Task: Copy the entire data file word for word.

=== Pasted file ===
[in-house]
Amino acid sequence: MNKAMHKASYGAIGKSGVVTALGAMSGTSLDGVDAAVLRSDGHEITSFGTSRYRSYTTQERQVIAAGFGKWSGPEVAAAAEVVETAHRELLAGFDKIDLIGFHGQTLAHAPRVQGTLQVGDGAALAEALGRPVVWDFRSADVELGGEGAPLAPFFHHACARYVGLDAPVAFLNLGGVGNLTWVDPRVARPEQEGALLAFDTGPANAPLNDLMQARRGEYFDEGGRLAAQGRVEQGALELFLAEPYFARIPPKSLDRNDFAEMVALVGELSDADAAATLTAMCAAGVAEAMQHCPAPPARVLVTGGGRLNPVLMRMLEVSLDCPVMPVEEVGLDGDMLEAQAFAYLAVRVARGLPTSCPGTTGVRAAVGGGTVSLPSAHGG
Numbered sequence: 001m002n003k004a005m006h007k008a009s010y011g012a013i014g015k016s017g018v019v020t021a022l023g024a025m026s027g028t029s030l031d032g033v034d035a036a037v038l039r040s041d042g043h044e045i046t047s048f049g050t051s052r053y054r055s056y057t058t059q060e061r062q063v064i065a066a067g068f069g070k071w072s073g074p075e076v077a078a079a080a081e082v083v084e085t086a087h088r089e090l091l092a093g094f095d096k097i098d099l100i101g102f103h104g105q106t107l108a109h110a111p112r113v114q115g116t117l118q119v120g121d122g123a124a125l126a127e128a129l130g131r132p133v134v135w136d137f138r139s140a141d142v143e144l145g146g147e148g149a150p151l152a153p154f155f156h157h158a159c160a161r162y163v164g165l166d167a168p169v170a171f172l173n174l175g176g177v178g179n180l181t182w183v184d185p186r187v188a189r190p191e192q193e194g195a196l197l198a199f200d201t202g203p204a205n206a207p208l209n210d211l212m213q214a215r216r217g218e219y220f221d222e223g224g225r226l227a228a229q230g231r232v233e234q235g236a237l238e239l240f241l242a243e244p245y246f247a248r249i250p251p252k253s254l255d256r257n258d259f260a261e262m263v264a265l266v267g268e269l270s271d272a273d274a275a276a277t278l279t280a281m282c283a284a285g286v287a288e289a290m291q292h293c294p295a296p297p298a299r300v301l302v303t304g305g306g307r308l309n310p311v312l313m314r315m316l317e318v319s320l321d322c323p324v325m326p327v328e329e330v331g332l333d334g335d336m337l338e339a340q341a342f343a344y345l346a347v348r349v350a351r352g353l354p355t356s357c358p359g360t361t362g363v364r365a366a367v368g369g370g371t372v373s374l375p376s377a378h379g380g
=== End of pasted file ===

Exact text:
[in-house]
Amino acid sequence: MNKAMHKASYGAIGKSGVVTALGAMSGTSLDGVDAAVLRSDGHEITSFGTSRYRSYTTQERQVIAAGFGKWSGPEVAAAAEVVETAHRELLAGFDKIDLIGFHGQTLAHAPRVQGTLQVGDGAALAEALGRPVVWDFRSADVELGGEGAPLAPFFHHACARYVGLDAPVAFLNLGGVGNLTWVDPRVARPEQEGALLAFDTGPANAPLNDLMQARRGEYFDEGGRLAAQGRVEQGALELFLAEPYFARIPPKSLDRNDFAEMVALVGELSDADAAATLTAMCAAGVAEAMQHCPAPPARVLVTGGGRLNPVLMRMLEVSLDCPVMPVEEVGLDGDMLEAQAFAYLAVRVARGLPTSCPGTTGVRAAVGGGTVSLPSAHGG
Numbered sequence: 001m002n003k004a005m006h007k008a009s010y011g012a013i014g015k016s017g018v019v020t021a022l023g024a025m026s027g028t029s030l031d032g033v034d035a036a037v038l039r040s041d042g043h044e045i046t047s048f049g050t051s052r053y054r055s056y057t058t059q060e061r062q063v064i065a066a067g068f069g070k071w072s073g074p075e076v077a078a079a080a081e082v083v084e085t086a087h088r089e090l091l092a093g094f095d096k097i098d099l100i101g102f103h104g105q106t107l108a109h110a111p112r113v114q115g116t117l118q119v120g121d122g123a124a125l126a127e128a129l130g131r132p133v134v135w136d137f138r139s140a141d142v143e144l145g146g147e148g149a150p151l152a153p154f155f156h157h158a159c160a161r162y163v164g165l166d167a168p169v170a171f172l173n174l175g176g177v178g179n180l181t182w183v184d185p186r187v188a189r190p191e192q193e194g195a196l197l198a199f200d201t202g203p204a205n206a207p208l209n210d211l212m213q214a215r216r217g218e219y220f221d222e223g224g225r226l227a228a229q230g231r232v233e234q235g236a237l238e239l240f241l242a243e244p245y246f247a248r249i250p251p252k253s254l255d256r257n258d259f260a261e262m263v264a265l266v267g268e269l270s271d272a273d274a275a276a277t278l279t280a281m282c283a284a285g286v287a288e289a290m291q292h293c294p295a296p297p298a299r300v301l302v303t304g305g306g307r308l309n310p311v312l313m314r315m316l317e318v319s320l321d322c323p324v325m326p327v328e329e330v331g332l333d334g335d336m337l338e339a340q341a342f343a344y345l346a347v348r349v350a351r352g353l354p355t356s357c358p359g360t361t362g363v364r365a366a367v368g369g370g371t372v373s374l375p376s377a378h379g380g